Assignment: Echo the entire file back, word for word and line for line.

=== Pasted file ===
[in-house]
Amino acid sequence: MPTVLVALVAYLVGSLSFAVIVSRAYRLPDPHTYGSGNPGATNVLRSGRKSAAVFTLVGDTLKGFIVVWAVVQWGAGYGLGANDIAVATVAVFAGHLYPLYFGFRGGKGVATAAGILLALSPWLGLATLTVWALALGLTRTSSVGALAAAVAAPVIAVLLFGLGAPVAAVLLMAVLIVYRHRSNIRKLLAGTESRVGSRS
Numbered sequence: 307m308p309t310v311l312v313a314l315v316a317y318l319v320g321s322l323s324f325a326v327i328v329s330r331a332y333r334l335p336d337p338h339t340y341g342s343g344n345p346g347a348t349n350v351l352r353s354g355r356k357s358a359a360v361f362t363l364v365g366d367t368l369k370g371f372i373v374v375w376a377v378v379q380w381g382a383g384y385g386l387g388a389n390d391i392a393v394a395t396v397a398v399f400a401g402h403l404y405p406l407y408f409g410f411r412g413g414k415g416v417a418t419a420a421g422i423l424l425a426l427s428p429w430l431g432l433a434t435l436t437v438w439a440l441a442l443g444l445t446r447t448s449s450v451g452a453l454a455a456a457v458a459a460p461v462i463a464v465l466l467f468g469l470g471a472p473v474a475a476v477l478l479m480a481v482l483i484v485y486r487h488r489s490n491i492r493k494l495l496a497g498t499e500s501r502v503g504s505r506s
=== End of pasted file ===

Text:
[in-house]
Amino acid sequence: MPTVLVALVAYLVGSLSFAVIVSRAYRLPDPHTYGSGNPGATNVLRSGRKSAAVFTLVGDTLKGFIVVWAVVQWGAGYGLGANDIAVATVAVFAGHLYPLYFGFRGGKGVATAAGILLALSPWLGLATLTVWALALGLTRTSSVGALAAAVAAPVIAVLLFGLGAPVAAVLLMAVLIVYRHRSNIRKLLAGTESRVGSRS
Numbered sequence: 307m308p309t310v311l312v313a314l315v316a317y318l319v320g321s322l323s324f325a326v327i328v329s330r331a332y333r334l335p336d337p338h339t340y341g342s343g344n345p346g347a348t349n350v351l352r353s354g355r356k357s358a359a360v361f362t363l364v365g366d367t368l369k370g371f372i373v374v375w376a377v378v379q380w381g382a383g384y385g386l387g388a389n390d391i392a393v394a395t396v397a398v399f400a401g402h403l404y405p406l407y408f409g410f411r412g413g414k415g416v417a418t419a420a421g422i423l424l425a426l427s428p429w430l431g432l433a434t435l436t437v438w439a440l441a442l443g444l445t446r447t448s449s450v451g452a453l454a455a456a457v458a459a460p461v462i463a464v465l466l467f468g469l470g471a472p473v474a475a476v477l478l479m480a481v482l483i484v485y486r487h488r489s490n491i492r493k494l495l496a497g498t499e500s501r502v503g504s505r506s